The U.S. corporations have built state-of-the-art manufacturing, assembly and packing plants in Juarez. Their Mexican partners have created modern industrial parks with huge truck parking facilities, powerful electric lights, and in some cases beautifully landscaped exteriors. The U.S. and Mexican governments and private industry have constructed super-highways, railroad tracks and terminals, and airports to serve the maquiladora zone. U.S. and Mexican customs officials have built new warehouse facilities and trucking and railroad terminals and hired a small army of officials to insure that the movement of parts such as wire harnesses will not be delayed and will arrive at the assembly plant just-in-time.
But the workers live in hovels, in shacks and shanties made of mud and the flotsam and jetsam of industrial production. Many of the streets remain unpaved, dusty and muddy, and some of the homes without running water, sewers or electricity. The schools have become over-crowded, rundown, and lacking in supplies, but in any case, many of the students don't go to school -- they go to work. Those who don't go to work sometimes spend their time sniffing little cans of intoxicants such as the dangerous Resistol. More recently crack cocaine has become a drug of preference.
Thousands of men also find work in the maquiladoras at the four dollar a day wage. But some men can't find jobs in the factories of Juarez, and drift north across the border to work in the restaurants, factories and the fields of the United States. Other men become wandering vendors, selling on the streets in order to get enough money to buy their taco. Some just stand on the street corners, lost souls in the shadow of the maquiladoras.
Public safety has all but disintegrated in parts of the northern border states and cities. The drug dealers, police and even the Mexican Army cooperate in the movement of drugs across the border. But sometimes peace breaks down, and gun fights erupt between rival drug factions. The police routinely shake down workers and rob them of their wages. The body guards of the wealthy and the security guards of the factories add to the many bodies of armed men who threaten the safety of ordinary citizens.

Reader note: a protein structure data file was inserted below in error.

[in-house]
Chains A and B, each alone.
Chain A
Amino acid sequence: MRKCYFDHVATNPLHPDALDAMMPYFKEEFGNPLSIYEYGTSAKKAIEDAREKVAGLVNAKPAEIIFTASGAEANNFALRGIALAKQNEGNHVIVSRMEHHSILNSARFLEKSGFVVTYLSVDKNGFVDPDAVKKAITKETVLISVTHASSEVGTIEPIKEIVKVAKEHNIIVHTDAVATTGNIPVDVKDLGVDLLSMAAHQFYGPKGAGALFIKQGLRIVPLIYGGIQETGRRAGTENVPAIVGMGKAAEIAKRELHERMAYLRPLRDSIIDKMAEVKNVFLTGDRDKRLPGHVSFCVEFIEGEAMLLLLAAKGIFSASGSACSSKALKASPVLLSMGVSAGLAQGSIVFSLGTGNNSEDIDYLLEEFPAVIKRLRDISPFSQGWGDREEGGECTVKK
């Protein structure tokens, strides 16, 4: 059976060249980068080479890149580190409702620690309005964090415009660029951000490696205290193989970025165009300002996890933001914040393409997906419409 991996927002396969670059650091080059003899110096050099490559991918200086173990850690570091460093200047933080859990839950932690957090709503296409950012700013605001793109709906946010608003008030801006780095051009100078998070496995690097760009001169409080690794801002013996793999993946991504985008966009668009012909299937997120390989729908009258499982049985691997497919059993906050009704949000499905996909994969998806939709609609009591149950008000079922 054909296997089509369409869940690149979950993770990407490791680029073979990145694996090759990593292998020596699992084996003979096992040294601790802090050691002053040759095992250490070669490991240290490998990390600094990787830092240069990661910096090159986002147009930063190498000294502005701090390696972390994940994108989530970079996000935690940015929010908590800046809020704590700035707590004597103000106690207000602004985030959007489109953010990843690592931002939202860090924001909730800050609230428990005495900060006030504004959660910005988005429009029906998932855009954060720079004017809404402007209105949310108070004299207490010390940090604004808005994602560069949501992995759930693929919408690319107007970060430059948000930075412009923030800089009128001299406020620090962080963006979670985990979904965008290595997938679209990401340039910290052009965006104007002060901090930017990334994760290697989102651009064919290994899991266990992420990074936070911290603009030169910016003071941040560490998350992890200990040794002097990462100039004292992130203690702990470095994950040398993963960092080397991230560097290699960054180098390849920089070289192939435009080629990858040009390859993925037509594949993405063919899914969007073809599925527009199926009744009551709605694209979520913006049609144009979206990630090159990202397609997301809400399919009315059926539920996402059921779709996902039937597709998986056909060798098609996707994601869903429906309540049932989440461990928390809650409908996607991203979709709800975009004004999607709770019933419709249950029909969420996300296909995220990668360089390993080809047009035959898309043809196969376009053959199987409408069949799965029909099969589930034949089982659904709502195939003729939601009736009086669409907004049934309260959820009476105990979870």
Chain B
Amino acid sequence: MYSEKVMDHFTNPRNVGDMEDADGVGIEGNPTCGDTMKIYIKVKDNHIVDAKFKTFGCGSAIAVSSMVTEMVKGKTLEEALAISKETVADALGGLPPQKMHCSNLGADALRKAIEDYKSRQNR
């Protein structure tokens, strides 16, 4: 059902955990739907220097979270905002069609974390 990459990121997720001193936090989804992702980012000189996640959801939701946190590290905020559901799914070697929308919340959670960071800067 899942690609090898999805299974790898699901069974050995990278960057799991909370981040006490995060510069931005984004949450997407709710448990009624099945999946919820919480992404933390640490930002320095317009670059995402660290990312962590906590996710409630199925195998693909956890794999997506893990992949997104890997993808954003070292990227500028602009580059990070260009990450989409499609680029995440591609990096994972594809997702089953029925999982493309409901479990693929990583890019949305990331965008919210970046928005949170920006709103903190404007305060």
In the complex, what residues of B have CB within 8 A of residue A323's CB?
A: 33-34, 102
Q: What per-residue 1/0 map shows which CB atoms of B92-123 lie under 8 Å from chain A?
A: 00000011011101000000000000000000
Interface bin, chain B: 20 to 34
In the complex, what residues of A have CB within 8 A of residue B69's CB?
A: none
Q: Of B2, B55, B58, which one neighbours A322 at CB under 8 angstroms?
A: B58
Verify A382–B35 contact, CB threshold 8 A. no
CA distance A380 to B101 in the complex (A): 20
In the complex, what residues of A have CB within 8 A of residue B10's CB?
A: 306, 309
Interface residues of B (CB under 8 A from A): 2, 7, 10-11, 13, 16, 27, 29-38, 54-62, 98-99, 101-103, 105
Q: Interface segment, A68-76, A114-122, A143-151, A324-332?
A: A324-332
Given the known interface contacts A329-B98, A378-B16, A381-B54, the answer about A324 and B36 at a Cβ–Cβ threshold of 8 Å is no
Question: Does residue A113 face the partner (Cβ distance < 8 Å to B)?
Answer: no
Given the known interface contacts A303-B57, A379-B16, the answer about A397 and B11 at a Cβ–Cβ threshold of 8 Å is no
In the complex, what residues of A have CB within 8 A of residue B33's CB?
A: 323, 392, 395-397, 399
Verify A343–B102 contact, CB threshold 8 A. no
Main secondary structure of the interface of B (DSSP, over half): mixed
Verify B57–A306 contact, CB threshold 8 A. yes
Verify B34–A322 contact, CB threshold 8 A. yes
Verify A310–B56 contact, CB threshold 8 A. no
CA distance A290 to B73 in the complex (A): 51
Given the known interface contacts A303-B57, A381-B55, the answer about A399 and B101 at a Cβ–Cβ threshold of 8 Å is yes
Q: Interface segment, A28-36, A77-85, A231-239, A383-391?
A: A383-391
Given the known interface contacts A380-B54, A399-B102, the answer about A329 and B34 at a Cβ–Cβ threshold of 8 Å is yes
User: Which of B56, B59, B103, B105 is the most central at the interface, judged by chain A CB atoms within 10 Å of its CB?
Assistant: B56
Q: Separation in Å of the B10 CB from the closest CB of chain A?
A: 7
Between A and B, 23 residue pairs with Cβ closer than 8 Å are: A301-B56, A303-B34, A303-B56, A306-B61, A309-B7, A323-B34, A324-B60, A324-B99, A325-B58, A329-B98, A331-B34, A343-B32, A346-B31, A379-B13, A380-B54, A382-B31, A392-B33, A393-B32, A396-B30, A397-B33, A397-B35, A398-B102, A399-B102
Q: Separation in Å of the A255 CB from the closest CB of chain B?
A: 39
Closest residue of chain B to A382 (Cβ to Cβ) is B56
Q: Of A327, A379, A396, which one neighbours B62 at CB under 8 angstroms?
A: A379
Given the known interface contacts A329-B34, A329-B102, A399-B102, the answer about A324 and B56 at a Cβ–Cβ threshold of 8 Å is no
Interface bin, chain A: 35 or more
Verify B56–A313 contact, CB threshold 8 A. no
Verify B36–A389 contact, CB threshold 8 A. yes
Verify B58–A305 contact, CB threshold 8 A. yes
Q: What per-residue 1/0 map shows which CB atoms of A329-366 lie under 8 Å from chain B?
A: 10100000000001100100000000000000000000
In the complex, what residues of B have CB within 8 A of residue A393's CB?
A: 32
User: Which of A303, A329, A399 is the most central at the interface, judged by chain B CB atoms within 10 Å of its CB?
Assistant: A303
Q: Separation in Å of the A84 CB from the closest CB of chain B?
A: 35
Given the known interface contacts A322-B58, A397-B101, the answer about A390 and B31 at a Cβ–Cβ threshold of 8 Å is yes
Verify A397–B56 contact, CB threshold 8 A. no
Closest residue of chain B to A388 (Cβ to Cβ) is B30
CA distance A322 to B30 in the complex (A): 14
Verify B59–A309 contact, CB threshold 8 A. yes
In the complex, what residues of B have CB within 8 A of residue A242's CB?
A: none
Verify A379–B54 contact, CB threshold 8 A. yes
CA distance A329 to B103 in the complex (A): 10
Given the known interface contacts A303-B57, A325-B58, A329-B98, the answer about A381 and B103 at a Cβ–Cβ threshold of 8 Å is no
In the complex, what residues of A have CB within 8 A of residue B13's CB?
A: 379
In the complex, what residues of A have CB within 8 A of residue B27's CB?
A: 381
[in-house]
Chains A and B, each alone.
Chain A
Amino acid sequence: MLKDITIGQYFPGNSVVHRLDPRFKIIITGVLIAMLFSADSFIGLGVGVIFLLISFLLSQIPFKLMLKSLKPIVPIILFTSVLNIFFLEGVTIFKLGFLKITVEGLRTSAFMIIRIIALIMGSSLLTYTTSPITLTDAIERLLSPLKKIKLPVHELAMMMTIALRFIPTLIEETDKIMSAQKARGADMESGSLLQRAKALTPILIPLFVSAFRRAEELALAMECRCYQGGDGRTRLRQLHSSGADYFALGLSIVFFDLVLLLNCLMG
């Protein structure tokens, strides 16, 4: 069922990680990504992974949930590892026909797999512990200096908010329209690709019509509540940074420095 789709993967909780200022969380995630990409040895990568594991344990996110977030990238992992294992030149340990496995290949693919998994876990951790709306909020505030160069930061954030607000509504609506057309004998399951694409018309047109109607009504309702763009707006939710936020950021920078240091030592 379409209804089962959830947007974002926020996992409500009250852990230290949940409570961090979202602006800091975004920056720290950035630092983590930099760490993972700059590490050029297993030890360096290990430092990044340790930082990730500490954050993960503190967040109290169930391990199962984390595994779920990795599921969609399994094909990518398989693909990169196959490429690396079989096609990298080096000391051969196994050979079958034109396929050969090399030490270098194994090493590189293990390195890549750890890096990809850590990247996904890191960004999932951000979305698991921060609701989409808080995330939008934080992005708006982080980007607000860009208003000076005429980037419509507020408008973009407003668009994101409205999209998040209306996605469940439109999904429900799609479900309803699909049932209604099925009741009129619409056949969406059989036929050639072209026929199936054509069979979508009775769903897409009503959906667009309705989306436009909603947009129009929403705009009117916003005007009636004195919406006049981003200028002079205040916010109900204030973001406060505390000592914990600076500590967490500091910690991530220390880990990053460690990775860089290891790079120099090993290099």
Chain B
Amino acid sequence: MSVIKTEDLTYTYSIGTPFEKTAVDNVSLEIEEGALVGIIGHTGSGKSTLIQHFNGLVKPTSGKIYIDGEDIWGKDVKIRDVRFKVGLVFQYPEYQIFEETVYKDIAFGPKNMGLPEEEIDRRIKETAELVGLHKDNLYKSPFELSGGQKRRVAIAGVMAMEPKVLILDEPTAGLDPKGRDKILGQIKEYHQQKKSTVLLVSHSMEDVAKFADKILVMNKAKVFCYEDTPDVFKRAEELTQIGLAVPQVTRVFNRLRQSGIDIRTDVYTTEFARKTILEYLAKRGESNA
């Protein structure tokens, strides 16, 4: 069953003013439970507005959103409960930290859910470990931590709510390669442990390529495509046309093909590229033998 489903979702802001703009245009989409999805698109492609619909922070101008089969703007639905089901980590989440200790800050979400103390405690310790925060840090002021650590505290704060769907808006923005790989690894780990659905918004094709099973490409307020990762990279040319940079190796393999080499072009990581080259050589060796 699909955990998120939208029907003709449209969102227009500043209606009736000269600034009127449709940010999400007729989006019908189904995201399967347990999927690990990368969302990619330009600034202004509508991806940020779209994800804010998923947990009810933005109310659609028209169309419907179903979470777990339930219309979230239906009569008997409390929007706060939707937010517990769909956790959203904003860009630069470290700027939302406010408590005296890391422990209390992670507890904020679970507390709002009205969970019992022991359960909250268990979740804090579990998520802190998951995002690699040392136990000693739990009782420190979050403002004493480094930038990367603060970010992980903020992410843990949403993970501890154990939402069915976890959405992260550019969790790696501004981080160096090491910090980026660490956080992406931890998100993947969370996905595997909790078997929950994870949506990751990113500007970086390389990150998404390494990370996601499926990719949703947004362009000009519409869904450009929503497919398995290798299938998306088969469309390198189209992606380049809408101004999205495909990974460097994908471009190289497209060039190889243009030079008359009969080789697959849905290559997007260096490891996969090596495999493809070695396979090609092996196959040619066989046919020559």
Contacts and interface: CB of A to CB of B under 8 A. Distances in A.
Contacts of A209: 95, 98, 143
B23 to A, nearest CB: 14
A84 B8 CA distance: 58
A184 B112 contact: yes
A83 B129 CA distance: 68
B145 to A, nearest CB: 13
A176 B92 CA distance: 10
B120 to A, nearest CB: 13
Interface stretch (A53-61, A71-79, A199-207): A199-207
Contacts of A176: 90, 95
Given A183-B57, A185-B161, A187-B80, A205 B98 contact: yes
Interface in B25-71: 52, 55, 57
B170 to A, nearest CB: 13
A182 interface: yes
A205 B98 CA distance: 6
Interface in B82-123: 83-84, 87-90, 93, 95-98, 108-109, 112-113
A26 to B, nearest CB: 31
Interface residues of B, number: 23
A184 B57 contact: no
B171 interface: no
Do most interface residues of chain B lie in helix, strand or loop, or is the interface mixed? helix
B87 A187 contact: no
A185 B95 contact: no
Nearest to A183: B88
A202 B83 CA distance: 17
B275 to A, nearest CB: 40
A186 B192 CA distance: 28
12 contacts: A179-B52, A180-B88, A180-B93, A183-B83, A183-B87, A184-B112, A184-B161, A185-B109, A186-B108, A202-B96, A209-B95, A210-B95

The U.S. corporations' factory managers earning six-figure salaries whizz back and forth across the border each morning and evening, in their air conditioned luxury automobiles, coming down from their luxurious homes in the hills above El Paso, down through the old border town, then out to the industrial park and the maquiladora. The manager's impassive eyes take in the scene: the trucks arriving with the wires and circuit boards, the foremen taking their places on the floor, the girls arriving to present their false papers at the personnel office. In the office the today's newspaper lies folded on the desk. The headline reads: another girl killed, another mystery.
For the Mexican police, the murder of Irma Angelica Rosales remains a mystery. For some of us it is no mystery, but a corporate crime.
- 104 Globalization
- 116 Human Rights
- 184 Labor
- 204 Manufacturing